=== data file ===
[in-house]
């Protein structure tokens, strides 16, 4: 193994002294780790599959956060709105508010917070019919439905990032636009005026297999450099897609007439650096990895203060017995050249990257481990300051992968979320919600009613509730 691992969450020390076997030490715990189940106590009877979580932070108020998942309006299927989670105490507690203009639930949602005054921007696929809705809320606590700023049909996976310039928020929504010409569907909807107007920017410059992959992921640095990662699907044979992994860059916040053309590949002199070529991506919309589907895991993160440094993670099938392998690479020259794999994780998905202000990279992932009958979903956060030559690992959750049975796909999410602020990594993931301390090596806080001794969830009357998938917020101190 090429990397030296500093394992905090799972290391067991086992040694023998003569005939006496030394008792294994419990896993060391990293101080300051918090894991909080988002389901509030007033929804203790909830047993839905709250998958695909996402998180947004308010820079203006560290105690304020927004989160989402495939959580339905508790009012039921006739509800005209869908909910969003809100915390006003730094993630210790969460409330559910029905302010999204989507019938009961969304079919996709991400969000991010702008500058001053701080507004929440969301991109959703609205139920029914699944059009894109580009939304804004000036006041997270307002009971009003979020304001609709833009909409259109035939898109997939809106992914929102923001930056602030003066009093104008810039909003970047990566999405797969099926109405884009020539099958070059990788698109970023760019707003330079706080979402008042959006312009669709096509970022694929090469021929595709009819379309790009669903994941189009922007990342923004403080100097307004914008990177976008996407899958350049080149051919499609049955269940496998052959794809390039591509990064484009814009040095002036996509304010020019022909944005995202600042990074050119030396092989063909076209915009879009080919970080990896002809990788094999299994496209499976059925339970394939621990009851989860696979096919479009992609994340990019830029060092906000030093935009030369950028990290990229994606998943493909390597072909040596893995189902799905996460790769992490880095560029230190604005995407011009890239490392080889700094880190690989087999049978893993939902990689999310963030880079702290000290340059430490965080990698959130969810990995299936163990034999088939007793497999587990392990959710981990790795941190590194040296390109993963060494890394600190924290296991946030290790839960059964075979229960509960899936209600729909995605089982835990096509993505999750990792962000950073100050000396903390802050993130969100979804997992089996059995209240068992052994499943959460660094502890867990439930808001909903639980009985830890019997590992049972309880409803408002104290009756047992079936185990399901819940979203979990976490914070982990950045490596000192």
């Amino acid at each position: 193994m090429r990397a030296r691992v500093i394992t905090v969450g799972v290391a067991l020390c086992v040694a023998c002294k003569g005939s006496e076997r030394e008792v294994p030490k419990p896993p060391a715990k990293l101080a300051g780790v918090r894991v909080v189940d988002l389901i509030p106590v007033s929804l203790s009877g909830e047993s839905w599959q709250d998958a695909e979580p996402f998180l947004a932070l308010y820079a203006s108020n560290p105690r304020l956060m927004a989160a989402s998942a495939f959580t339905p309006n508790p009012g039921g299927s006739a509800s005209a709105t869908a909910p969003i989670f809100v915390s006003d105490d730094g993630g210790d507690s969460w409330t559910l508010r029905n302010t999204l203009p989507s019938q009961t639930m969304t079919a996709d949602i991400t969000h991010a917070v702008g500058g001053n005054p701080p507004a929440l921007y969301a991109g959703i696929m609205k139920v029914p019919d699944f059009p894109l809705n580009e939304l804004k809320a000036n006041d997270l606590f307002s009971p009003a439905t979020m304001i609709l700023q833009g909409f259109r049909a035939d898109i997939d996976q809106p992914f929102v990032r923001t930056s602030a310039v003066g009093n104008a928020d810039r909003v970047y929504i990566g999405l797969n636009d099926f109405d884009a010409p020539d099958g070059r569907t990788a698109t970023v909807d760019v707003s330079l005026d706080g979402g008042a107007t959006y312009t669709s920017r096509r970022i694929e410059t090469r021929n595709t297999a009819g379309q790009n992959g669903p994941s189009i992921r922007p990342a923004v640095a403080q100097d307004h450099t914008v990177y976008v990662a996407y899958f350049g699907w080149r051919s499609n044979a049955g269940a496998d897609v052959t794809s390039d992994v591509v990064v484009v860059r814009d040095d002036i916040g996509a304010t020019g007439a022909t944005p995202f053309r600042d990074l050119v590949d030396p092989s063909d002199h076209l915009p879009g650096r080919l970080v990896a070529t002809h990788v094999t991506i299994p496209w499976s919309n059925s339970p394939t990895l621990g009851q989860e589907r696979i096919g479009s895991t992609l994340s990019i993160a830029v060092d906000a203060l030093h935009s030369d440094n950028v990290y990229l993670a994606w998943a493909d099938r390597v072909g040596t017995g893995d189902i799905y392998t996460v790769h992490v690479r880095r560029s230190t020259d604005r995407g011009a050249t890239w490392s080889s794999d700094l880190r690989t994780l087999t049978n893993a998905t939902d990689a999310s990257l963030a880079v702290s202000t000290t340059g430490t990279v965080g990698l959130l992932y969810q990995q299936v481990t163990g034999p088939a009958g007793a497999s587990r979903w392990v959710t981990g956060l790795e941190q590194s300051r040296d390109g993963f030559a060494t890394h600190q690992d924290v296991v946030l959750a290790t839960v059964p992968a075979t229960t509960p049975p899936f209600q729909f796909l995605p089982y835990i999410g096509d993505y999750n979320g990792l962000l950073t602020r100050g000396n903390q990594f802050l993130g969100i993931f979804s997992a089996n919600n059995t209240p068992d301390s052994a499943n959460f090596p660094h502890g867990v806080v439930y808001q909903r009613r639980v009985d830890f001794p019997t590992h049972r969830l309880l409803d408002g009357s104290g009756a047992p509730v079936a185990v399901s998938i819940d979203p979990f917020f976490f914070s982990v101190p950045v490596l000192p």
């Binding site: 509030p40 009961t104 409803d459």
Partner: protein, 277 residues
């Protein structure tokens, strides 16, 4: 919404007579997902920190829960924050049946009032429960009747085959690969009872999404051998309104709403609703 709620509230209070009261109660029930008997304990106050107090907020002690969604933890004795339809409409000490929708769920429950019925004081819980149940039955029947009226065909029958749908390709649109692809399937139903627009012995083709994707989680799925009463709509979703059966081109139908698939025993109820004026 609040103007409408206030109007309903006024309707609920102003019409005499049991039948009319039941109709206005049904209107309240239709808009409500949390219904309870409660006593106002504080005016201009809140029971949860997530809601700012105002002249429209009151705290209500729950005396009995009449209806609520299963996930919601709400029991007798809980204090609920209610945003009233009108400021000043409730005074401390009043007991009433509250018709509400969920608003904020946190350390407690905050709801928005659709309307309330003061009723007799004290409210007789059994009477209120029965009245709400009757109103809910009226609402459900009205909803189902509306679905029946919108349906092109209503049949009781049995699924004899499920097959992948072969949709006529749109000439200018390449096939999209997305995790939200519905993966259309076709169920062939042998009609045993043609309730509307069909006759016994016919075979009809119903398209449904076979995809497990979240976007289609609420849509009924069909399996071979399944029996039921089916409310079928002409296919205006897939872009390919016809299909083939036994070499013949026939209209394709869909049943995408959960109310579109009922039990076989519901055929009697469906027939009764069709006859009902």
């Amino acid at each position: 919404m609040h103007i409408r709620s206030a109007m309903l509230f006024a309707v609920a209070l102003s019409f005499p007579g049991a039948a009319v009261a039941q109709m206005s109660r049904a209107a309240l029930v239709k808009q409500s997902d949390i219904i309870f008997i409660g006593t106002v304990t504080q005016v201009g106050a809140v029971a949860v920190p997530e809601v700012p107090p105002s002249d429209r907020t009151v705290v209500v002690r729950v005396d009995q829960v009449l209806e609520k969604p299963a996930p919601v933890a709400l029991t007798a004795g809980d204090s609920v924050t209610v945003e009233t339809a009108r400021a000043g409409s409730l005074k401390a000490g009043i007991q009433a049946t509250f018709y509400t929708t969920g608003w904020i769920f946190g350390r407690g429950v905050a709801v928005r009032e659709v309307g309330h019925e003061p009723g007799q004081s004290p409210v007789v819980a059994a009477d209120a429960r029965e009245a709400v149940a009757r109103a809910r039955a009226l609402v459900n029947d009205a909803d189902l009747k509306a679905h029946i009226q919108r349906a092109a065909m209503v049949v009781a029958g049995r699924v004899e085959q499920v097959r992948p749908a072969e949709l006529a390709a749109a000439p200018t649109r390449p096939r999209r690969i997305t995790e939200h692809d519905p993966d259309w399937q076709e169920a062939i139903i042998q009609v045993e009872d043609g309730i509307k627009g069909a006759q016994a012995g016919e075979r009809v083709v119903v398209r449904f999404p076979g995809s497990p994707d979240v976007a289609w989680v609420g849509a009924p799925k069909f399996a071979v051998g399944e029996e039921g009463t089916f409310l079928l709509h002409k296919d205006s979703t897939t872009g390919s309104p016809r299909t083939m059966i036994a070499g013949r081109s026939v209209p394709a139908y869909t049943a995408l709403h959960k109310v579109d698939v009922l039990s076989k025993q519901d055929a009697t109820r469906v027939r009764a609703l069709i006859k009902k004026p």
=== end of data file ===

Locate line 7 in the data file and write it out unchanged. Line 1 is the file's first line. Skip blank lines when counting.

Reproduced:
């Amino acid at each position: 919404m609040h103007i409408r709620s206030a109007m309903l509230f006024a309707v609920a209070l102003s019409f005499p007579g049991a039948a009319v009261a039941q109709m206005s109660r049904a209107a309240l029930v239709k808009q409500s997902d949390i219904i309870f008997i409660g006593t106002v304990t504080q005016v201009g106050a809140v029971a949860v920190p997530e809601v700012p107090p105002s002249d429209r907020t009151v705290v209500v002690r729950v005396d009995q829960v009449l209806e609520k969604p299963a996930p919601v933890a709400l029991t007798a004795g809980d204090s609920v924050t209610v945003e009233t339809a009108r400021a000043g409409s409730l005074k401390a000490g009043i007991q009433a049946t509250f018709y509400t929708t969920g608003w904020i769920f946190g350390r407690g429950v905050a709801v928005r009032e659709v309307g309330h019925e003061p009723g007799q004081s004290p409210v007789v819980a059994a009477d209120a429960r029965e009245a709400v149940a009757r109103a809910r039955a009226l609402v459900n029947d009205a909803d189902l009747k509306a679905h029946i009226q919108r349906a092109a065909m209503v049949v009781a029958g049995r699924v004899e085959q499920v097959r992948p749908a072969e949709l006529a390709a749109a000439p200018t649109r390449p096939r999209r690969i997305t995790e939200h692809d519905p993966d259309w399937q076709e169920a062939i139903i042998q009609v045993e009872d043609g309730i509307k627009g069909a006759q016994a012995g016919e075979r009809v083709v119903v398209r449904f999404p076979g995809s497990p994707d979240v976007a289609w989680v609420g849509a009924p799925k069909f399996a071979v051998g399944e029996e039921g009463t089916f409310l079928l709509h002409k296919d205006s979703t897939t872009g390919s309104p016809r299909t083939m059966i036994a070499g013949r081109s026939v209209p394709a139908y869909t049943a995408l709403h959960k109310v579109d698939v009922l039990s076989k025993q519901d055929a009697t109820r469906v027939r009764a609703l069709i006859k009902k004026p």